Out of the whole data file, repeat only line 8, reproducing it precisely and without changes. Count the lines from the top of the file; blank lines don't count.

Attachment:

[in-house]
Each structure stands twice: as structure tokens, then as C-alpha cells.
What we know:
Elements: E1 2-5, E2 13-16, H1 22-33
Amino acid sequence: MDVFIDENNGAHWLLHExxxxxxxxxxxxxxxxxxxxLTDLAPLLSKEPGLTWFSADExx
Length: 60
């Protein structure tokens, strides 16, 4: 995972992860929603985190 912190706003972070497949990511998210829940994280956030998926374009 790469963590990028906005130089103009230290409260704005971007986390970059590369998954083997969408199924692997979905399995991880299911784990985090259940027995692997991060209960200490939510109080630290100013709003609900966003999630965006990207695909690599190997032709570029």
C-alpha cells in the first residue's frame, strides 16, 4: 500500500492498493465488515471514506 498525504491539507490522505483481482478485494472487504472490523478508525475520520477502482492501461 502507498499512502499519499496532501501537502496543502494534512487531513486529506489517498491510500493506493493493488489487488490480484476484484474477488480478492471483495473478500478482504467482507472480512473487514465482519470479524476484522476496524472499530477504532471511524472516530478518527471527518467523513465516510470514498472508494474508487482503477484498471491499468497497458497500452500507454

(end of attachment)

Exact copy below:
C-alpha cells in the first residue's frame, strides 16, 4: 500500500492498493465488515471514506 498525504491539507490522505483481482478485494472487504472490523478508525475520520477502482492501461 502507498499512502499519499496532501501537502496543502494534512487531513486529506489517498491510500493506493493493488489487488490480484476484484474477488480478492471483495473478500478482504467482507472480512473487514465482519470479524476484522476496524472499530477504532471511524472516530478518527471527518467523513465516510470514498472508494474508487482503477484498471491499468497497458497500452500507454